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CATALOGUES: Going by the book

The multi-channel environment is often seen as the death knell of printed catalogues, but this hardy medium refuses to die and continues to play an important role in the marketing mix. They are highly portable, often easier to access than a website, can be passed around among colleagues and can have real longevity when stored as reference guides.

According to Caroline Saich, general manager at Synergy Partnership, which organises the European Catalogue & Mail Order Days (ECMOD) event, the most prolific users of catalogues in B2B are in the office supplies, furniture and equipment sectors. “Industrial health, safety and security also account for a lot of catalogue mailings, while computing, communications, warehouse, materials handling and packaging figure highly as well,” she says. Alex Walsh, head of postal affairs at the DMA, adds, “There is now a big market for catalogues among small companies or self-employed people where the option of next-day delivery is more convenient going to a local trade outlet.”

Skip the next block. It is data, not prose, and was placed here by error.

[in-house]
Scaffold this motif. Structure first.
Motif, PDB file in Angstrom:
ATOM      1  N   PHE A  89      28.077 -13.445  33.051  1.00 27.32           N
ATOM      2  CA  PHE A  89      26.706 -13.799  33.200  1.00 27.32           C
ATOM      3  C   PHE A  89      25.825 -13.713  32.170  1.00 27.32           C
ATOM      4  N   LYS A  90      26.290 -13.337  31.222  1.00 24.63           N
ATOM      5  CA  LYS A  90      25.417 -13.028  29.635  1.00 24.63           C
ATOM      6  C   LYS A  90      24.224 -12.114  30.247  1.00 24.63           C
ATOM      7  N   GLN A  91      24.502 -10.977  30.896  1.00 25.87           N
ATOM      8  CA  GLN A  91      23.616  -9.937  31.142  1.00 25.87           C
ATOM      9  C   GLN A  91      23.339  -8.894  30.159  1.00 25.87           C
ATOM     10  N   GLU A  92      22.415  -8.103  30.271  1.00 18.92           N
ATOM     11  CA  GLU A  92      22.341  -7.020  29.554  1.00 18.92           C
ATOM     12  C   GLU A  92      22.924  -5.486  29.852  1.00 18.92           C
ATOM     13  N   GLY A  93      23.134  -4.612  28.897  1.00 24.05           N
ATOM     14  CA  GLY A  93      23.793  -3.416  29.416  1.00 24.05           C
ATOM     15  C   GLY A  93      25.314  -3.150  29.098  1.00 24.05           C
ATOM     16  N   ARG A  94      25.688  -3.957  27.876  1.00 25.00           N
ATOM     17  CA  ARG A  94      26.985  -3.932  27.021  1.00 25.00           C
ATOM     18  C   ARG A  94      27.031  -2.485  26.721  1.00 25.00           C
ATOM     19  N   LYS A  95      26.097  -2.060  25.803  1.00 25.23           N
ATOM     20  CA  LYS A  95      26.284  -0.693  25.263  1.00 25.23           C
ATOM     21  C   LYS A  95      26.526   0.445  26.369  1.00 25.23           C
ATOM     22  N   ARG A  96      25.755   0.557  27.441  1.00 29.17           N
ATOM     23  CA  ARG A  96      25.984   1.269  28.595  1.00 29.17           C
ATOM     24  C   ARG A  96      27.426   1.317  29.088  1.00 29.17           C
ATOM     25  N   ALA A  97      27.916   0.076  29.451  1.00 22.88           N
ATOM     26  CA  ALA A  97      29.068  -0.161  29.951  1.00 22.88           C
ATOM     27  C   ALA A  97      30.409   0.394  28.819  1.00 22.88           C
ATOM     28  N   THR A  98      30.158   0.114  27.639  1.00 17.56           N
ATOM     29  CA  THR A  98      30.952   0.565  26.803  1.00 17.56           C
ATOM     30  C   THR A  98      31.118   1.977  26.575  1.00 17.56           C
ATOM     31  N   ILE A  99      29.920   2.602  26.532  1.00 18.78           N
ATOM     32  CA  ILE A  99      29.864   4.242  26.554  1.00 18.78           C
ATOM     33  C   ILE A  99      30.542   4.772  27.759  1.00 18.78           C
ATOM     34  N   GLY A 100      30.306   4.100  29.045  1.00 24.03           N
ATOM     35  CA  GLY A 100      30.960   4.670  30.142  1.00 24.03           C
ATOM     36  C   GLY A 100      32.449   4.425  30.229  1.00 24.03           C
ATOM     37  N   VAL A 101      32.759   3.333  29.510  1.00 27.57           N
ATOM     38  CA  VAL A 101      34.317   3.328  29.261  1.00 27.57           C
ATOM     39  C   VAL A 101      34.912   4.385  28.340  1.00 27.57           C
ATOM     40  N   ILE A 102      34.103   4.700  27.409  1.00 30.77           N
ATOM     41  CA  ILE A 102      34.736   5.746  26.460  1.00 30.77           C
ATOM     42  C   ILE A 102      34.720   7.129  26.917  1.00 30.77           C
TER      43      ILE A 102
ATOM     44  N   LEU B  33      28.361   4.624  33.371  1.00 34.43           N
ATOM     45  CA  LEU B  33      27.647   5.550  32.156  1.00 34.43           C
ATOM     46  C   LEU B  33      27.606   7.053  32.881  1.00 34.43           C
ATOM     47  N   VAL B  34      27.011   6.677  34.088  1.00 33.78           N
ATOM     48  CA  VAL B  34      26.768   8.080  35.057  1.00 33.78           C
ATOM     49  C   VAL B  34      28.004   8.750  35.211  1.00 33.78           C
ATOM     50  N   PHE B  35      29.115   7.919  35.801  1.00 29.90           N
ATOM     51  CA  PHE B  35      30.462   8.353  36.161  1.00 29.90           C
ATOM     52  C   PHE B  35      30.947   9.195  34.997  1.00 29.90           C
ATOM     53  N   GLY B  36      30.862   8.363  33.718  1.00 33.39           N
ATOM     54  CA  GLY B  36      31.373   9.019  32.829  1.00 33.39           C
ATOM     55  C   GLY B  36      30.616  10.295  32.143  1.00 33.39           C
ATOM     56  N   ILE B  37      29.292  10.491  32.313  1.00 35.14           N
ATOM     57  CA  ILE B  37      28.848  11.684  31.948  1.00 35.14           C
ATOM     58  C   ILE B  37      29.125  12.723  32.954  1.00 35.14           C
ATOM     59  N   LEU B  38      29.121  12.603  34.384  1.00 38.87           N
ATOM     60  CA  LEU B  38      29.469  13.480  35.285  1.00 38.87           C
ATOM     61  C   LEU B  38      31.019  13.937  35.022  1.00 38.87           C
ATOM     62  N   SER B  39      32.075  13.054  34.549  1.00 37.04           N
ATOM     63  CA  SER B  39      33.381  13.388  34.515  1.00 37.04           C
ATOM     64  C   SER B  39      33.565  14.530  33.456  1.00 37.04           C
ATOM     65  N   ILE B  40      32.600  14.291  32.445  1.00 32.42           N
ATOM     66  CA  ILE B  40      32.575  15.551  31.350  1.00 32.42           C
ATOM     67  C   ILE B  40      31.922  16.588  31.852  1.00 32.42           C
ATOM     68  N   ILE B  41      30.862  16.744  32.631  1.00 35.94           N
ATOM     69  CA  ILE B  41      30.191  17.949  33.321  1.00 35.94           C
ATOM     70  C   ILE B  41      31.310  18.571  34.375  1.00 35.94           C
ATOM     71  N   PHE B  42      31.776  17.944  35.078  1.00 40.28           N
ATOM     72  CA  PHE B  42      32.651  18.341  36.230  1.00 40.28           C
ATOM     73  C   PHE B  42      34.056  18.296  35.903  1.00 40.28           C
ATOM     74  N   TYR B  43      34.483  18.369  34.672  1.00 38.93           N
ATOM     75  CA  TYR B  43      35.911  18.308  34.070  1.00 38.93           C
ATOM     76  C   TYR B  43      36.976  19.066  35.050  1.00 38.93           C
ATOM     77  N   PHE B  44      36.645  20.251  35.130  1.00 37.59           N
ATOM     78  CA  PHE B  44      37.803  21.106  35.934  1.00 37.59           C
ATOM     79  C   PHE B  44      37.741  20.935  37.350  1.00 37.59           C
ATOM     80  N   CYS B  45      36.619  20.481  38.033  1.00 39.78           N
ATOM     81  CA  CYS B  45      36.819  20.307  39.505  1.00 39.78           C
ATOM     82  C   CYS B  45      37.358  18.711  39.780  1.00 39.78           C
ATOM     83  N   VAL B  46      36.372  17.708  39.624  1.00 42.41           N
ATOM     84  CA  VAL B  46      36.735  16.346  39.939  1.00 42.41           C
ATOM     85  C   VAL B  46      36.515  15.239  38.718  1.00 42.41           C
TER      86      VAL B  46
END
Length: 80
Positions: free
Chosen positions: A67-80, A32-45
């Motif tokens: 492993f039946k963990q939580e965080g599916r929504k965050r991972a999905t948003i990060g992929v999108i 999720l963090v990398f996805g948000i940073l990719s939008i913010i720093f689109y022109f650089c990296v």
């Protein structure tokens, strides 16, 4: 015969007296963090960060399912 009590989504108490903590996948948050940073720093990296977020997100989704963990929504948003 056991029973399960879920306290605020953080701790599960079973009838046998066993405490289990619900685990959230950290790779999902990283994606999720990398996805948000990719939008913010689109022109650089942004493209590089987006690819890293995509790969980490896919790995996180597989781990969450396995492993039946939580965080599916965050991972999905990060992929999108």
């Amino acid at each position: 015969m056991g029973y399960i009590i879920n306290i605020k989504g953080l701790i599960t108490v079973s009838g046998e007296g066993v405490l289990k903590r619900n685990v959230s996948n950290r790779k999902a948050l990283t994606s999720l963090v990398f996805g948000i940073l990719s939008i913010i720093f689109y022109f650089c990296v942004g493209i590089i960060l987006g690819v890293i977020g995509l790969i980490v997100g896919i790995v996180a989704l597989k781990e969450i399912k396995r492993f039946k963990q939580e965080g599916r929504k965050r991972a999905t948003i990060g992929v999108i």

The basic principle of the paper-based catalogue has not changed much since the year 1744 when Benjamin Franklin produced the world's first catalogue to sell scientific and academic books. Through this simple idea the size, shape and appearance of the catalogue, and the numbers mailed are capable of almost limitless tailoring to fit the target audience. The Screwfix catalogue, for example, which sells trade tools and accessories, has historically been A5 because it fits easily into a toolbox or glove compartment.